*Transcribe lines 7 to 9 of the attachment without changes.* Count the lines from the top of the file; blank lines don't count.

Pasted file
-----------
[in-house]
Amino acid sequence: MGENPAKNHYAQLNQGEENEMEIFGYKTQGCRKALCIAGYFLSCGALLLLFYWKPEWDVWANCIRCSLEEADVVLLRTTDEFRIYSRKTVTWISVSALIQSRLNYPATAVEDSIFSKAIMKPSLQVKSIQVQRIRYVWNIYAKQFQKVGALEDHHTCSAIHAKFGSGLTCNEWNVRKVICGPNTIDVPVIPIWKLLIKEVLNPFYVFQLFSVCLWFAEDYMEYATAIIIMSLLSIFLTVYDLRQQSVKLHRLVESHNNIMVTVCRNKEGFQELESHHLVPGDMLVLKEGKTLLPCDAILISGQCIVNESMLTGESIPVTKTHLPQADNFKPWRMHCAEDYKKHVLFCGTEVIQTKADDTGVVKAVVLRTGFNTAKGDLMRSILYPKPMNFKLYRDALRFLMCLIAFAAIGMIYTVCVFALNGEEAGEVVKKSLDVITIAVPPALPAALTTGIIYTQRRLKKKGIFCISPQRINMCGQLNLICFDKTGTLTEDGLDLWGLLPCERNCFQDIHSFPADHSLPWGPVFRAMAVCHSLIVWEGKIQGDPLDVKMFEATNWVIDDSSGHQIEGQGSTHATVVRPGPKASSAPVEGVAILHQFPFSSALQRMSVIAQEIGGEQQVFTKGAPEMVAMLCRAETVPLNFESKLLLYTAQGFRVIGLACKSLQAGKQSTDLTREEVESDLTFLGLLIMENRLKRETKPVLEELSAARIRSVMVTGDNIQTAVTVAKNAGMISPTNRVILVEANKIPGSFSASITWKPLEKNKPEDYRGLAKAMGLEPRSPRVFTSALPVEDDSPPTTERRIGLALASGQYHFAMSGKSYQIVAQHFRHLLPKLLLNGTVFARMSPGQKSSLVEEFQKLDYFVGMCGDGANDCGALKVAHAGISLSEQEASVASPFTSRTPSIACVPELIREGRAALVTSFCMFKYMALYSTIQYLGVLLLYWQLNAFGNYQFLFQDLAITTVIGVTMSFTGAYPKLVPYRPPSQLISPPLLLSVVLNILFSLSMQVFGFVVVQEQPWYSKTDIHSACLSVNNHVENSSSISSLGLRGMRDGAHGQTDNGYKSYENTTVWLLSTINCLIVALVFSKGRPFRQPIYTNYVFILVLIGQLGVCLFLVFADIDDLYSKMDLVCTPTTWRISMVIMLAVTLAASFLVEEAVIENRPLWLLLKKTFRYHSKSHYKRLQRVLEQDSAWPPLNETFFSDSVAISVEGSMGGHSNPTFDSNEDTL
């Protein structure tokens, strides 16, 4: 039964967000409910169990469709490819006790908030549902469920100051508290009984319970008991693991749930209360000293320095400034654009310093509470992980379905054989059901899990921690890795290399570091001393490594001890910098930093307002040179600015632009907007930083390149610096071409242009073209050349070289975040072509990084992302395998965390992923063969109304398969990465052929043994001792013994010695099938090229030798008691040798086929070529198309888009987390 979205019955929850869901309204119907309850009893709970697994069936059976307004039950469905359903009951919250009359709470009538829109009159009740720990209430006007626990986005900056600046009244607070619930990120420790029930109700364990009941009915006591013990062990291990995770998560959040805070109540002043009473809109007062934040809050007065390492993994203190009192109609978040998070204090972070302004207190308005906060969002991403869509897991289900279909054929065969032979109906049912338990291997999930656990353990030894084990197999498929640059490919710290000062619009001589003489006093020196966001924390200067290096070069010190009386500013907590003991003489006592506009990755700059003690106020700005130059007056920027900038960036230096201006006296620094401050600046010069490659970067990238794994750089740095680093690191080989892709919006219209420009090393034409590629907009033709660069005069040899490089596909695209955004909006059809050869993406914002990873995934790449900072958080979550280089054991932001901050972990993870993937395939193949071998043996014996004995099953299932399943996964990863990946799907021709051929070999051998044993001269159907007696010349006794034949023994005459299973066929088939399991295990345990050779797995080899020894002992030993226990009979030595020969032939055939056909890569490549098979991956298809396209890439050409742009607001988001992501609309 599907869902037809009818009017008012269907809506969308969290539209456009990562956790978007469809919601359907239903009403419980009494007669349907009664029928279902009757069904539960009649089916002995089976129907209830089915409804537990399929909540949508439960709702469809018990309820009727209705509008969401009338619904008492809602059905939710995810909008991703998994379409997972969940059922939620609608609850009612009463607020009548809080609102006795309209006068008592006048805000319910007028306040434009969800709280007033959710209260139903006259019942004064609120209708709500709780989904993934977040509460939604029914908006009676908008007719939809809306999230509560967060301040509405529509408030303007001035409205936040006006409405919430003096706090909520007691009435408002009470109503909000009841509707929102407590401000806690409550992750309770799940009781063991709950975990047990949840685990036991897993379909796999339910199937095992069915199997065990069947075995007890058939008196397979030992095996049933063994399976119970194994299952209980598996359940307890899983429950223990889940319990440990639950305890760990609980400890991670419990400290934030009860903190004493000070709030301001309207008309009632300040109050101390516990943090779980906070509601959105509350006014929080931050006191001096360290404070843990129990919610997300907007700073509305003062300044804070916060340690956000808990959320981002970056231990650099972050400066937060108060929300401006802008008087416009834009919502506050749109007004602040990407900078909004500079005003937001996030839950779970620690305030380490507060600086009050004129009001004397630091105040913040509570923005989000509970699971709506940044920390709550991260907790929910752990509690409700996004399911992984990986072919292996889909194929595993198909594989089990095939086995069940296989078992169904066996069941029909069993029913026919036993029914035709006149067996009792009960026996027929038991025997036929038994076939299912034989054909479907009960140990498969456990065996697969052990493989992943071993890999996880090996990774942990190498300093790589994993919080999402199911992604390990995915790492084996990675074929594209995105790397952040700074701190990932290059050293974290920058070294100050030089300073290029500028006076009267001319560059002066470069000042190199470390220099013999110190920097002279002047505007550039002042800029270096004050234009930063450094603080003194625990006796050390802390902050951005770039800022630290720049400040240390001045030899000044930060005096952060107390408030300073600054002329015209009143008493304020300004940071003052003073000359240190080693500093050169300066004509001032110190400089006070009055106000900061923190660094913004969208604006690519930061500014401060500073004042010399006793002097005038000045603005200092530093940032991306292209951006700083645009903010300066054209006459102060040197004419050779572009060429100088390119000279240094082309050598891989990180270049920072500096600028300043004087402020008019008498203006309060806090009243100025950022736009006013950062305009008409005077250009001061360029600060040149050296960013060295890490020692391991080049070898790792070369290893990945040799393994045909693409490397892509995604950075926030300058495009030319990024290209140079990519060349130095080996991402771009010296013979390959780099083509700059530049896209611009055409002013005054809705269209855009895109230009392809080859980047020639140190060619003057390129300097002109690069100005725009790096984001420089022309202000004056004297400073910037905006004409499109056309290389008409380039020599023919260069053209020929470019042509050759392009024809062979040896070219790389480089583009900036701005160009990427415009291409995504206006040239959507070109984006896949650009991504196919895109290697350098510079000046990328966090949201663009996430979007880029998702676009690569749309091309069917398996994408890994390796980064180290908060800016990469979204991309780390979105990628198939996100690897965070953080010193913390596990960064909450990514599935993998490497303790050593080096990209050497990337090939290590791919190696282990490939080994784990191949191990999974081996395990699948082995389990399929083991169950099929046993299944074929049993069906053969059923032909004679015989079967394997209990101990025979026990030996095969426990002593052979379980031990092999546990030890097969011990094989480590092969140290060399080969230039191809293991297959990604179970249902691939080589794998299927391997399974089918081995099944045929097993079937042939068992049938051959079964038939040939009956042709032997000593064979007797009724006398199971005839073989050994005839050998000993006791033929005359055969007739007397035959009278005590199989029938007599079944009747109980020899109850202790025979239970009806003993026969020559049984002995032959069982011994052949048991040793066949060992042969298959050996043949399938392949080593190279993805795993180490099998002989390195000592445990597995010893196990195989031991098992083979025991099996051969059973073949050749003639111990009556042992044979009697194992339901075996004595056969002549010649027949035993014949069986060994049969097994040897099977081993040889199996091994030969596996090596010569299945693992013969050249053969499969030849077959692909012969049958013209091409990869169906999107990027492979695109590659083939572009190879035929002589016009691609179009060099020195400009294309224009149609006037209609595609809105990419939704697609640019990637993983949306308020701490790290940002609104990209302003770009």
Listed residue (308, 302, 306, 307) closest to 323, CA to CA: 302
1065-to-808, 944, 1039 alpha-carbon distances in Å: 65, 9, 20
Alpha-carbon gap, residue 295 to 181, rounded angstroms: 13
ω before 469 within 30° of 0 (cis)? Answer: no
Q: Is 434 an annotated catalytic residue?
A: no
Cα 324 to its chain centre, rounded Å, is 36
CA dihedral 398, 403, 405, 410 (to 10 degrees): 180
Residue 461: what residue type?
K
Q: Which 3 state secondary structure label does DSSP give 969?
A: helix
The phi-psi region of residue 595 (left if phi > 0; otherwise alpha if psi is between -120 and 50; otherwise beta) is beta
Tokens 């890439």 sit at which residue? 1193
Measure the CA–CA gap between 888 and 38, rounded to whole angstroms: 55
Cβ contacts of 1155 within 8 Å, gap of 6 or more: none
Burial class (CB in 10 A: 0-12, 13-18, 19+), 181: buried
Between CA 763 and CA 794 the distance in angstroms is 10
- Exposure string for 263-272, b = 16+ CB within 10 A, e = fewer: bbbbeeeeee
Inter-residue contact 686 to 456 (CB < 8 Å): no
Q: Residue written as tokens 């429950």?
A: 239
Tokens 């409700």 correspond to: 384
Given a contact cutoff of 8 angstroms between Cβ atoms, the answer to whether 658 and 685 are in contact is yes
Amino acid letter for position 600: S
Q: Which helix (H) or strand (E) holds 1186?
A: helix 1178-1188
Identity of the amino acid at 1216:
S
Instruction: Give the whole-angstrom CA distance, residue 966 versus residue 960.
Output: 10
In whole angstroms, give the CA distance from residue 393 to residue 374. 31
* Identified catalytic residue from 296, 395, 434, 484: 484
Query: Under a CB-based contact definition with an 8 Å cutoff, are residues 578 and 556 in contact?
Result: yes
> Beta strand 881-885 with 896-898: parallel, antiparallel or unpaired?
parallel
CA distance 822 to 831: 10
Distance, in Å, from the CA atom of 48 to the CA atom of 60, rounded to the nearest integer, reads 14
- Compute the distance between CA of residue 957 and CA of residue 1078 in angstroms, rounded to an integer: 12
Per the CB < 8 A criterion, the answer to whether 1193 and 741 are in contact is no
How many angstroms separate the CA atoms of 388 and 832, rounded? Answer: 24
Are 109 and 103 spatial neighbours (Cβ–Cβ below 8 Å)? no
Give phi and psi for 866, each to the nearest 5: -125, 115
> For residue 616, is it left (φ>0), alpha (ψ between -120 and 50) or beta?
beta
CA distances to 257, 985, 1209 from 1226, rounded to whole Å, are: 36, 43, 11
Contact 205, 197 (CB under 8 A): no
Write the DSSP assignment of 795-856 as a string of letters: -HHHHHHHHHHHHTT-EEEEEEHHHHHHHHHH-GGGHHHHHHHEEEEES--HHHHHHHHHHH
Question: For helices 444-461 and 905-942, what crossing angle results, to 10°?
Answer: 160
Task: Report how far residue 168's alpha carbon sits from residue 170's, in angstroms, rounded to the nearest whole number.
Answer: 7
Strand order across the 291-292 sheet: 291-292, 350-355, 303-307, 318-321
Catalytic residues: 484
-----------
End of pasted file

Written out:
ω before 469 within 30° of 0 (cis)? Answer: no
Q: Is 434 an annotated catalytic residue?
A: no